Dennis Bennett: Pain control care returned him to active life

February 2012

Dennis Bennett says it took hospice care to give him back his life.

“Three years ago in December, I was so sick from the medicine I was receiving in a clinical trial, I didn’t think I could take it anymore,” recalls the retired travel business professional. “A friend of mine from my men’s group at church visited and he said ‘You know, you don’t have to live with this.’” The friend was Chuck Fontenot, a Mission Hospice & Home Care volunteer.

“I’d tried so many things over the past 12 years since my diagnosis,” said Bennett, who has prostate cancer that has spread to his bones. “So I was ready to try hospice. Within 48 hours, the situation had changed almost 180 degrees. Methadone made all the difference.”

Vicki Bennett says hospice care not only manages her husband’s pain, but makes their life much easier in other ways. “We were spending half our life in the car going to the doctor or the pharmacy,” she said, “but all of a sudden, everything came to us. If we need something, it comes here. We don’t have to travel to get it.”

Since starting hospice care, the couple has been to Hawaii, and Dennis moved his mother into an assisted living facility, cleaning out her home and manning a garage sale. His mother, Dorothy, was in Mission Hospice’s Transitions (pre-hospice) program, receiving a volunteer visitor, until she died in January at age 99.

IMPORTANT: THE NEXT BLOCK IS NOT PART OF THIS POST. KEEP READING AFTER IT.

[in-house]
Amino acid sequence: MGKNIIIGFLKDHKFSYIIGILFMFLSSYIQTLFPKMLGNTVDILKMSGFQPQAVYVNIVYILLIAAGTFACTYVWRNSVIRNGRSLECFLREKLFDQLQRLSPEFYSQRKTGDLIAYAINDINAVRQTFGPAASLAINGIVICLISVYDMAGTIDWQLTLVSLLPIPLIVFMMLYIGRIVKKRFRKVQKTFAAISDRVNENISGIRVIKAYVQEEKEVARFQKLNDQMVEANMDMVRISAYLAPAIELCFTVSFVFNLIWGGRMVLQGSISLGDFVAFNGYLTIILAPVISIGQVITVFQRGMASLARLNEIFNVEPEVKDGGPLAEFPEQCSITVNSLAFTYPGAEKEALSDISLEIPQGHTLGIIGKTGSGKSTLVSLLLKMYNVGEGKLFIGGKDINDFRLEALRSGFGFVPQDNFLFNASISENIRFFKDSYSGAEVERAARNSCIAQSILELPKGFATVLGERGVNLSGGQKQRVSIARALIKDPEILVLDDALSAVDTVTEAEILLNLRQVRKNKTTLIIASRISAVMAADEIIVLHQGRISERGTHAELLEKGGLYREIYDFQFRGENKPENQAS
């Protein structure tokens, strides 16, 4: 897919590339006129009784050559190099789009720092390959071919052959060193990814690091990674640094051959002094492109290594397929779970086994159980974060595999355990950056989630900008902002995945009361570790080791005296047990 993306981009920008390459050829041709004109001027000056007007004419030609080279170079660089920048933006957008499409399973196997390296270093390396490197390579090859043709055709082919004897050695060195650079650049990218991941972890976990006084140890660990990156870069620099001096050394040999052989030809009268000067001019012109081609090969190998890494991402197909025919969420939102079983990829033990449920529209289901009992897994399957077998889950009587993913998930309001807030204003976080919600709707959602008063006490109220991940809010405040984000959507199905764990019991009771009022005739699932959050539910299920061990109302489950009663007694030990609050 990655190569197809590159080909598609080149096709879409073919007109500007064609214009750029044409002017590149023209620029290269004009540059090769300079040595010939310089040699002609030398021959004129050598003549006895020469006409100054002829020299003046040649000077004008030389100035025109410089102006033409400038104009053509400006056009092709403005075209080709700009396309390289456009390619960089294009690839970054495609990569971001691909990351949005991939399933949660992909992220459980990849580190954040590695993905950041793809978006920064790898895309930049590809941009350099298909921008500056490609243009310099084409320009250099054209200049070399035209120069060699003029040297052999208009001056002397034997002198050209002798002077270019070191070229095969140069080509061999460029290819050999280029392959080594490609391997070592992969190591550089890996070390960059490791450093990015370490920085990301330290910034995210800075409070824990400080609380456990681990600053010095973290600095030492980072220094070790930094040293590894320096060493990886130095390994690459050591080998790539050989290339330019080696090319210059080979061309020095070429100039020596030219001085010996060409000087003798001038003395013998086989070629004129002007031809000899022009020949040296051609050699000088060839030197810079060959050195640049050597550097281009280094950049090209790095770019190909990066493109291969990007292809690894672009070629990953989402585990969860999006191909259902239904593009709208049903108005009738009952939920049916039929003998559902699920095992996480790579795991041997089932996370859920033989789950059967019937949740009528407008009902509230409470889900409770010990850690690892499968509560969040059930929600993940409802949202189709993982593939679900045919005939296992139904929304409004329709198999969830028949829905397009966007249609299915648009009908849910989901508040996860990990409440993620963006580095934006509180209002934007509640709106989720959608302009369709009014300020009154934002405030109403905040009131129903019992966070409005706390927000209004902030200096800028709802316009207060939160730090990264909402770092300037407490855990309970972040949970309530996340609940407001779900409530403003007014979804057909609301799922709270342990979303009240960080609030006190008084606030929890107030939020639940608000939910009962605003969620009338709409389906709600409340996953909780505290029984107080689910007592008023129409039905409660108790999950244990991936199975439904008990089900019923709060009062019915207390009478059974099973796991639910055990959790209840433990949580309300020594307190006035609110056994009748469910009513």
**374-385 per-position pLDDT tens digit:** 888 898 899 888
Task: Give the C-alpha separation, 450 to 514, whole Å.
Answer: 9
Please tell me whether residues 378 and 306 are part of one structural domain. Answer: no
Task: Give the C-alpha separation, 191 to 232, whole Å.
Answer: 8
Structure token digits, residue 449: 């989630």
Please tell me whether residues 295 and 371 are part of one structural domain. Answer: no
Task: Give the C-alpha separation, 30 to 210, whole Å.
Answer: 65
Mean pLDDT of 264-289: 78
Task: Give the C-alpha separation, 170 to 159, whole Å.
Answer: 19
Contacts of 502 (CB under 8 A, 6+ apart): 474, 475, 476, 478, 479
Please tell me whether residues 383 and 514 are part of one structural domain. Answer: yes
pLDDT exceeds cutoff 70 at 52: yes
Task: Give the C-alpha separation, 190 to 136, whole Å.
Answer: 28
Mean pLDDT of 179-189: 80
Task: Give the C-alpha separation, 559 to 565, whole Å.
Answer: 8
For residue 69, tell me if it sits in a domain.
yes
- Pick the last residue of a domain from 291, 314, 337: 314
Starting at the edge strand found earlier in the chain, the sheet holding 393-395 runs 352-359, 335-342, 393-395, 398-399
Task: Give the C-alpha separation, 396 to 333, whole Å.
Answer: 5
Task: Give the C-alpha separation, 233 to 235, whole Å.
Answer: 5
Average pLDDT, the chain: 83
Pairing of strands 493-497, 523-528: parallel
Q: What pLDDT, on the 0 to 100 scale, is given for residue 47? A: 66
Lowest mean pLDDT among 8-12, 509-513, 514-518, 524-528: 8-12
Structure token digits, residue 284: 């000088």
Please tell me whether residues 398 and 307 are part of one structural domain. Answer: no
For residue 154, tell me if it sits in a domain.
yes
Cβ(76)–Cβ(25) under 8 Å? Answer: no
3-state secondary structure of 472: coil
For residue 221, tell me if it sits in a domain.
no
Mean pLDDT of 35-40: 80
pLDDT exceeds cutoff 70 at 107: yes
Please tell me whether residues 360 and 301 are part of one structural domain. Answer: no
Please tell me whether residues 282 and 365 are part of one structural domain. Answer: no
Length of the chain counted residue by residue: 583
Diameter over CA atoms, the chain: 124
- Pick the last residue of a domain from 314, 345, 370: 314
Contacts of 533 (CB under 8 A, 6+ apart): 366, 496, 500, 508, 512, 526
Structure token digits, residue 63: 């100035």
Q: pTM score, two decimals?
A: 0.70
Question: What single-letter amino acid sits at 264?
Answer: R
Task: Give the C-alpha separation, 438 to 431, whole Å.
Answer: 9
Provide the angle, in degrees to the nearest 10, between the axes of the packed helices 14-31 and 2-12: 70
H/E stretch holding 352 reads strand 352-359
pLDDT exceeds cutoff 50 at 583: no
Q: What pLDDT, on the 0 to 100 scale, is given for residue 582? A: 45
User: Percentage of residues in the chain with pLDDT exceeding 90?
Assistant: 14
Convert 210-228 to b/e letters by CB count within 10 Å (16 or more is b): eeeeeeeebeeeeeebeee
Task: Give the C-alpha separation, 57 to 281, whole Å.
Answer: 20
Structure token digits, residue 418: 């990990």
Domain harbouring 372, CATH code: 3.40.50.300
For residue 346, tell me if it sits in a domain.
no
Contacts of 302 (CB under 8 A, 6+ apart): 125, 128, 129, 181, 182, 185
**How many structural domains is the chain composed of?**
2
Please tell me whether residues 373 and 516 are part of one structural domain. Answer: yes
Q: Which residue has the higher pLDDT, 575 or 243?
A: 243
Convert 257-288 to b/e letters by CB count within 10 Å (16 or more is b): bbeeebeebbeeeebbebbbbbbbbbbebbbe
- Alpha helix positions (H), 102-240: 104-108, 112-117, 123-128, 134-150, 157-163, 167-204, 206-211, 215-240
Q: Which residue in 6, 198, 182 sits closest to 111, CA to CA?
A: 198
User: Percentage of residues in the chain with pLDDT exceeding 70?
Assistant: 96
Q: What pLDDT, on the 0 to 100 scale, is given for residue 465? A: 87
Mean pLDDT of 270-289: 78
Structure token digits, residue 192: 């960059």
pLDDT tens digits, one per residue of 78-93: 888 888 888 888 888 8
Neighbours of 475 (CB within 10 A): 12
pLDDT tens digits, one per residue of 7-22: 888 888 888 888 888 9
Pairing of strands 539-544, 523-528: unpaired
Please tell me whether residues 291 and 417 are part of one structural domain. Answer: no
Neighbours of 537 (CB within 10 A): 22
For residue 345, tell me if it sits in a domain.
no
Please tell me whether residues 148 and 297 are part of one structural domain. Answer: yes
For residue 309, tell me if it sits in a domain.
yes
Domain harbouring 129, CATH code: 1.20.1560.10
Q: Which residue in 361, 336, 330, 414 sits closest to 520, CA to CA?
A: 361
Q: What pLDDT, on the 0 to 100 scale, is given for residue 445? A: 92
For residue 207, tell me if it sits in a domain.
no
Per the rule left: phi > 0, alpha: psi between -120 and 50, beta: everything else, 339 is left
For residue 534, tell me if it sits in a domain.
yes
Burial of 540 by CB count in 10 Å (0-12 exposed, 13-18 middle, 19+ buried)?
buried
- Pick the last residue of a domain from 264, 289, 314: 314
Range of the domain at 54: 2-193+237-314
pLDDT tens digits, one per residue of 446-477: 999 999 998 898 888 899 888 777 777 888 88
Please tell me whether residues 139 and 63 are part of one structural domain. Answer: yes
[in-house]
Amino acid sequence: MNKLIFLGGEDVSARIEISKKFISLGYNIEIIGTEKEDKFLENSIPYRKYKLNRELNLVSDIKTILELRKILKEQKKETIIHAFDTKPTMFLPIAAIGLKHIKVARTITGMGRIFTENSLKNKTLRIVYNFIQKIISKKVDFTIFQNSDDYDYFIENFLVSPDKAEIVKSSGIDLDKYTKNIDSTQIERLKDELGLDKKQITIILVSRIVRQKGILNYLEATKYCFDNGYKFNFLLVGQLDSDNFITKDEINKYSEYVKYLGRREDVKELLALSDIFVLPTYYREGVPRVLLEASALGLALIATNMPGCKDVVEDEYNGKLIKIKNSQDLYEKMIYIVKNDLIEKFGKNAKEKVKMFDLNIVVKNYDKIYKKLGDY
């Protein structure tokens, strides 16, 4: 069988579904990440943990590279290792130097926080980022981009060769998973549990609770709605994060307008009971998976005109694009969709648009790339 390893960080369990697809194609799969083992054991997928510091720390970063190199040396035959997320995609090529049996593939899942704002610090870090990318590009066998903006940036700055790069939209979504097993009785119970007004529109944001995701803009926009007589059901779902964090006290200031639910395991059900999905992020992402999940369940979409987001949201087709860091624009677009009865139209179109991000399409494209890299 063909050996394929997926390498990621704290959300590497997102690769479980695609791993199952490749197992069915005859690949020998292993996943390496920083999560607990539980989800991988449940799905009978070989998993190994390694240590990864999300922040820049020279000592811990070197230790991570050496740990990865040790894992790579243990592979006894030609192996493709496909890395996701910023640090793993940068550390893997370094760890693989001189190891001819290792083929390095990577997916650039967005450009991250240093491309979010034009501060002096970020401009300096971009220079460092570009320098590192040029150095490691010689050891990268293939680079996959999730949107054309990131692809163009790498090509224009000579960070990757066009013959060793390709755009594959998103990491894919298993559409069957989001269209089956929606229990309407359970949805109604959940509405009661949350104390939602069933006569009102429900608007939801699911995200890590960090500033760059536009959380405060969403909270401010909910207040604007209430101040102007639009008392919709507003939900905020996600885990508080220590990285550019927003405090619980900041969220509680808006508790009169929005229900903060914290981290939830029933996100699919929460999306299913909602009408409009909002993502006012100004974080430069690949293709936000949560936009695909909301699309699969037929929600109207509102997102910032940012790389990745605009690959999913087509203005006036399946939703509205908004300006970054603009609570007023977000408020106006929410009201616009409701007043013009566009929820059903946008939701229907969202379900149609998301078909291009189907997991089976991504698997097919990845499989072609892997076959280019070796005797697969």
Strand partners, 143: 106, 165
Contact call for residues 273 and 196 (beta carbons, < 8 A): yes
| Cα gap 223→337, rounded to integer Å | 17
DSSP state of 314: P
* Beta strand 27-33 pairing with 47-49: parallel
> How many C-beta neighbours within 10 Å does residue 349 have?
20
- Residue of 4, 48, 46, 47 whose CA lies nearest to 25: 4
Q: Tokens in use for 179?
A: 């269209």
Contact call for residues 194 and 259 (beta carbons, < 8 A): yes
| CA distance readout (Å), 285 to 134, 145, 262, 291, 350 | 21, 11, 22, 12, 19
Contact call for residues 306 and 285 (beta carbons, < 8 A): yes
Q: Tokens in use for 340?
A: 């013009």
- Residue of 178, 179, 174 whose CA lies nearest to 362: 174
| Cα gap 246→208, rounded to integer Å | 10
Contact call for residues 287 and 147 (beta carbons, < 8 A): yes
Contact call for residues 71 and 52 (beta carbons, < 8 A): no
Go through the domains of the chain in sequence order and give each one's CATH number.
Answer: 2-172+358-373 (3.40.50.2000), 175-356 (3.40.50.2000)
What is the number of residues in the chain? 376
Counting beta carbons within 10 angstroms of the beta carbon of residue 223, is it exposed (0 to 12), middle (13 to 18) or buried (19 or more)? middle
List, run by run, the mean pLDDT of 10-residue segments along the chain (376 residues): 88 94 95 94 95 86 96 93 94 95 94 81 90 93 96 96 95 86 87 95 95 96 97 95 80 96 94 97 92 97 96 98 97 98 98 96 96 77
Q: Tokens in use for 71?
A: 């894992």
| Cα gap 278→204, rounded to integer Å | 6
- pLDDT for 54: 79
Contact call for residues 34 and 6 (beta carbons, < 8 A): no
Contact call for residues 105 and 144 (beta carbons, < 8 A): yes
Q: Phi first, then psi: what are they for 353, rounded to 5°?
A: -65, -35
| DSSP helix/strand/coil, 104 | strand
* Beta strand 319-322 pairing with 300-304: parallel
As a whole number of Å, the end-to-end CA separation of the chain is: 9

Dennis, who will be 74 in May, grew up on the Peninsula, where he met Vicki when she was a United Airlines stewardess from Alaska. His father met her parents in Juneau and suggested that Dennis should meet her.

“He knocked at my door one night and I thought he was selling pots and pans, so I wasn’t very nice,” Vicki recalls. Dennis was persistent and they were married a year later in San Mateo, 50 years ago this coming March.

They moved to Hawaii, where their three children were born. Eventually, they returned to the Peninsula, moving into the San Carlos home they occupied for 36 years.

Dennis worked in a business his father had started with concessions at airports. At the height of the business in the 1980s, the family had gift shops, insurance and general service counters in 78 airports, as well as the lockers at Grand Central Station in New York. Vicki handled the books and Dennis worked the people side, he said. Dennis, who also ran Mercury Travel in Burlingame, has finished a book about his travel career. Over the years, he also served on the SamTrans board of directors and as a volunteer fireman.

He still drives his beloved 1959 MG on days when he’s not taking morphine in addition to the methadone, and he still has a nightly martini. He and Vicki enjoy time with their children and eight grandchildren and continue to travel when they can.

They were planning a trip to Hawaii a week or so after the interview. Mission Hospice had already made arrangements with a hospice in Maui to step in if they

needed anything.

“I know everyone is different,” says Dennis, “but please Mission Hospice, don’t ever go away. People like me really need you.